Thursday, 9 February 2012

Being a Flexible Writer

I like doing Sudoku, the harder the better. The trick is that when one part of the puzzle appears impossible, stop struggling and move on to another section. Be flexible.

Flexibility is a useful tool for novelists too. When you get stuck in one particular section, move on to another which looks more promising. When I was writing A Single to Rome it was ages before I knew what Natalie, the main character, did for a living. So I skipped through the work scenes and came back to them when I'd decided - more than half way through. Similarly the characters Teresa and Olivia were originally one person. And Bob kept changing sex throughout the book before I realised he really had to be a man.

For me, the really satisfying moments in writing are the ones where the difficult piece that didn't seem to fit anywhere at all suddenly slots in and the whole picture becomes clearer. So, once I knew what Natalie's job was, a lot of other scenes fitted into place, and a lot of future scenes became clearer. It takes faith, of course, to believe that if you leave a scene half written or sketched in it will resolve itself later. Apparently, when Mike Myers is gets stuck he simply writes 'And then something amazing happens', and carries on.

I think you have to be flexible and trust to the magic of writing that something amazing will happen. Because it will, it really will.


Philip C James said...

Waking up on these cold, gray mornings there's nothing better to motivate one for the tussle with a Gordian plot tangle than the dawn Twitter chorus and another inspiring blog post by Sarah Duncan! Something amazing invariably turns up.

Liz Fielding said...

I'm in that struggle place at the moment. I'll try the Mike Myers solution and see if that works. :)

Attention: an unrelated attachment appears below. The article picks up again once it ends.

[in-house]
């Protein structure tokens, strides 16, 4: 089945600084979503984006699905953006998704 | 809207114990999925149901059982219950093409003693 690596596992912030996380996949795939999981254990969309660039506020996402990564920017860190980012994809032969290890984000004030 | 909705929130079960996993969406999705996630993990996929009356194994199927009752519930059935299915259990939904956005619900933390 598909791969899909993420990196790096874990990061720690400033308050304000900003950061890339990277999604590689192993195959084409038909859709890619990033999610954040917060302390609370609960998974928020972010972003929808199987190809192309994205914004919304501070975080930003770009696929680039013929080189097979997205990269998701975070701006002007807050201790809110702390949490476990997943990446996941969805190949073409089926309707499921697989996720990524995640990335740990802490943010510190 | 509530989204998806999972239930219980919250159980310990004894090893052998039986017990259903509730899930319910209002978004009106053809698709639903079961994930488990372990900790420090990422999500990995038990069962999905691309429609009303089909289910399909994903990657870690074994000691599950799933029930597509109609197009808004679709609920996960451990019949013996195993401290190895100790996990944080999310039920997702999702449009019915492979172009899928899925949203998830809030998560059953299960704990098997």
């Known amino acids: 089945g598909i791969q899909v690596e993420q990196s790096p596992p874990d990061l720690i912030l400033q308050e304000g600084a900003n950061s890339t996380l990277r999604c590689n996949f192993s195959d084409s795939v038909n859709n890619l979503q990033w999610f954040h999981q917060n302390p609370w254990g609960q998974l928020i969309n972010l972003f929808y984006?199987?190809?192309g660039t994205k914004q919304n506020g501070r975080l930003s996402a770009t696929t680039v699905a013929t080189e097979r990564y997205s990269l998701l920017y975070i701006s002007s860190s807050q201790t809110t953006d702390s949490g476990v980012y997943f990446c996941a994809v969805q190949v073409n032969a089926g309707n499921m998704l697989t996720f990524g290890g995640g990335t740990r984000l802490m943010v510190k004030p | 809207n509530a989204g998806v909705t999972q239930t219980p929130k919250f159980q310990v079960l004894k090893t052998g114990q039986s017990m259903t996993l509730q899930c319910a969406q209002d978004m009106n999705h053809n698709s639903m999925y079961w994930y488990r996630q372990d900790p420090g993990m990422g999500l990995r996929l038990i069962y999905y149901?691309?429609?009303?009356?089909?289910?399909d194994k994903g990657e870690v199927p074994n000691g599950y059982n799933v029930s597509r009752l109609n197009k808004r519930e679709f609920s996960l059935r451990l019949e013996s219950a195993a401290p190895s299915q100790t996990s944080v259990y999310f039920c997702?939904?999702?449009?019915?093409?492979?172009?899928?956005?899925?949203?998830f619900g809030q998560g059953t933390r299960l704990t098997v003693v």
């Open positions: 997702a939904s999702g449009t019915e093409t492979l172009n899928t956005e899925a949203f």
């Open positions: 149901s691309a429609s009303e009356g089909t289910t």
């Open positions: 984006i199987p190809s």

Phillipa said...

Thanks for this tip, Sarah - but mostly for letting me know that it happens to other writers - even very experienced ones! I often berate myself for not knowing everything about the characters at the start of the book so it's good to know you can still have a lot to discover about them.

Rachael Thomas said...

It's a horrible feeling, not knowing what should happen next. You begin to question your own abilities as a writer, so it's nice to know that published writers encounter this problem too!
Mike Myers solution sounds a good idea and I will no doubt use it very soon. I hope it works for you Liz.

Diane Fordham said...

Thanks for the post Sarah. It took years for me to learn to be flexible. I was always getting frustrated and over-thinking. I drove myself nuts! I love the way you said, 'I think you have to be flexible and trust to the magic of writing that something amazing will happen.' Excellent! :-)

Sarah Duncan said...

When I started writing I did draft after draft. Now I do 3 or 4, and my first drafts are all over the place - but I"m relaxed about it cos I now know you can fix anything.